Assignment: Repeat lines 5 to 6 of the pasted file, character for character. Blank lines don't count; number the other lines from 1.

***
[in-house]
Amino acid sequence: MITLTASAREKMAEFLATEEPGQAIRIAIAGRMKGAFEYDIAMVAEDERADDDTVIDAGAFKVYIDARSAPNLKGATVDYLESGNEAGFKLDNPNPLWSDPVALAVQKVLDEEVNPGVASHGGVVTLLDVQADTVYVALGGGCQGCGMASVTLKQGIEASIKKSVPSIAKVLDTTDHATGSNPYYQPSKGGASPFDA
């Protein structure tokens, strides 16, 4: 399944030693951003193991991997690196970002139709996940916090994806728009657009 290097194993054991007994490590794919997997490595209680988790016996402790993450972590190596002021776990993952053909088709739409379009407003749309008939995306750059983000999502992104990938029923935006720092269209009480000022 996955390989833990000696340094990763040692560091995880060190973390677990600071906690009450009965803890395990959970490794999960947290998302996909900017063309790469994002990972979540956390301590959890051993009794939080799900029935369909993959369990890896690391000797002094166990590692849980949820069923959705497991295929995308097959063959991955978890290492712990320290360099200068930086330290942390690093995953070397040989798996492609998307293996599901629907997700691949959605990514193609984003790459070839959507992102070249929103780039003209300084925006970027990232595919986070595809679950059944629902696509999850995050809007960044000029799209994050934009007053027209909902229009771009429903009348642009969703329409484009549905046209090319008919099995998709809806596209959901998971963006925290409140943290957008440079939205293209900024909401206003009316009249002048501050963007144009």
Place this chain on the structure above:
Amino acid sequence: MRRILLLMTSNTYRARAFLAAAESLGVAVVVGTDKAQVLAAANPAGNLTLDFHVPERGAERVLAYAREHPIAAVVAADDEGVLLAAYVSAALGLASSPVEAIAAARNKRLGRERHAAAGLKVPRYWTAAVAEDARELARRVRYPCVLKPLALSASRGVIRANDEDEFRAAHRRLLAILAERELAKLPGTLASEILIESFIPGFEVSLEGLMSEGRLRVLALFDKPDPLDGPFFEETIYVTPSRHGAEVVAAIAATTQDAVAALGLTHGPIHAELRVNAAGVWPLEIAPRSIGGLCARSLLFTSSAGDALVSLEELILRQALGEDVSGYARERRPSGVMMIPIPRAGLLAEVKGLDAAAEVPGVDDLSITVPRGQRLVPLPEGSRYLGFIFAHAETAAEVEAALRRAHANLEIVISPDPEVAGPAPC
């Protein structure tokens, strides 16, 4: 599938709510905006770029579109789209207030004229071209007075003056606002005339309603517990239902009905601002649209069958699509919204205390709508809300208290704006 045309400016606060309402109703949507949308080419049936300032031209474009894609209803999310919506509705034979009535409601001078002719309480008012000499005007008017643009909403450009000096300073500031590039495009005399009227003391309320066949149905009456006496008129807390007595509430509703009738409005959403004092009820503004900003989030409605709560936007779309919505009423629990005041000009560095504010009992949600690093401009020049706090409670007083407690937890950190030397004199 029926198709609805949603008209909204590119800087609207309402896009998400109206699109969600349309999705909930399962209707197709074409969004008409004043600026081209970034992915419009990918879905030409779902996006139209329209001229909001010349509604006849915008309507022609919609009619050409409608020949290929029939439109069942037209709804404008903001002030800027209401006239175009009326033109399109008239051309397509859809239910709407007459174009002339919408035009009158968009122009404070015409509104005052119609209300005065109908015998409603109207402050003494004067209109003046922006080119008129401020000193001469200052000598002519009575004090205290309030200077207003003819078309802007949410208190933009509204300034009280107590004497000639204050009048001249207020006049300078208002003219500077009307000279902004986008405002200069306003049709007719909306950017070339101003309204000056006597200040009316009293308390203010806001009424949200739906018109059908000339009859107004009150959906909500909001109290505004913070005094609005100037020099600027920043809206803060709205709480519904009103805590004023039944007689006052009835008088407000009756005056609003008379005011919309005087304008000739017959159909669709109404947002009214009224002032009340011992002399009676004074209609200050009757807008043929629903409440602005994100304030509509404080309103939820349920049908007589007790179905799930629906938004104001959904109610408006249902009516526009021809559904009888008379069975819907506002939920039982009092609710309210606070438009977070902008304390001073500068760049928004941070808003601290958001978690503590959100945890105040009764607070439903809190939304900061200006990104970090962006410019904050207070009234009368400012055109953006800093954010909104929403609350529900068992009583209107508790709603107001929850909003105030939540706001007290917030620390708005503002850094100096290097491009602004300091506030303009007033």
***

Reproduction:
Amino acid sequence: MRRILLLMTSNTYRARAFLAAAESLGVAVVVGTDKAQVLAAANPAGNLTLDFHVPERGAERVLAYAREHPIAAVVAADDEGVLLAAYVSAALGLASSPVEAIAAARNKRLGRERHAAAGLKVPRYWTAAVAEDARELARRVRYPCVLKPLALSASRGVIRANDEDEFRAAHRRLLAILAERELAKLPGTLASEILIESFIPGFEVSLEGLMSEGRLRVLALFDKPDPLDGPFFEETIYVTPSRHGAEVVAAIAATTQDAVAALGLTHGPIHAELRVNAAGVWPLEIAPRSIGGLCARSLLFTSSAGDALVSLEELILRQALGEDVSGYARERRPSGVMMIPIPRAGLLAEVKGLDAAAEVPGVDDLSITVPRGQRLVPLPEGSRYLGFIFAHAETAAEVEAALRRAHANLEIVISPDPEVAGPAPC
């Protein structure tokens, strides 16, 4: 599938709510905006770029579109789209207030004229071209007075003056606002005339309603517990239902009905601002649209069958699509919204205390709508809300208290704006 045309400016606060309402109703949507949308080419049936300032031209474009894609209803999310919506509705034979009535409601001078002719309480008012000499005007008017643009909403450009000096300073500031590039495009005399009227003391309320066949149905009456006496008129807390007595509430509703009738409005959403004092009820503004900003989030409605709560936007779309919505009423629990005041000009560095504010009992949600690093401009020049706090409670007083407690937890950190030397004199 029926198709609805949603008209909204590119800087609207309402896009998400109206699109969600349309999705909930399962209707197709074409969004008409004043600026081209970034992915419009990918879905030409779902996006139209329209001229909001010349509604006849915008309507022609919609009619050409409608020949290929029939439109069942037209709804404008903001002030800027209401006239175009009326033109399109008239051309397509859809239910709407007459174009002339919408035009009158968009122009404070015409509104005052119609209300005065109908015998409603109207402050003494004067209109003046922006080119008129401020000193001469200052000598002519009575004090205290309030200077207003003819078309802007949410208190933009509204300034009280107590004497000639204050009048001249207020006049300078208002003219500077009307000279902004986008405002200069306003049709007719909306950017070339101003309204000056006597200040009316009293308390203010806001009424949200739906018109059908000339009859107004009150959906909500909001109290505004913070005094609005100037020099600027920043809206803060709205709480519904009103805590004023039944007689006052009835008088407000009756005056609003008379005011919309005087304008000739017959159909669709109404947002009214009224002032009340011992002399009676004074209609200050009757807008043929629903409440602005994100304030509509404080309103939820349920049908007589007790179905799930629906938004104001959904109610408006249902009516526009021809559904009888008379069975819907506002939920039982009092609710309210606070438009977070902008304390001073500068760049928004941070808003601290958001978690503590959100945890105040009764607070439903809190939304900061200006990104970090962006410019904050207070009234009368400012055109953006800093954010909104929403609350529900068992009583209107508790709603107001929850909003105030939540706001007290917030620390708005503002850094100096290097491009602004300091506030303009007033």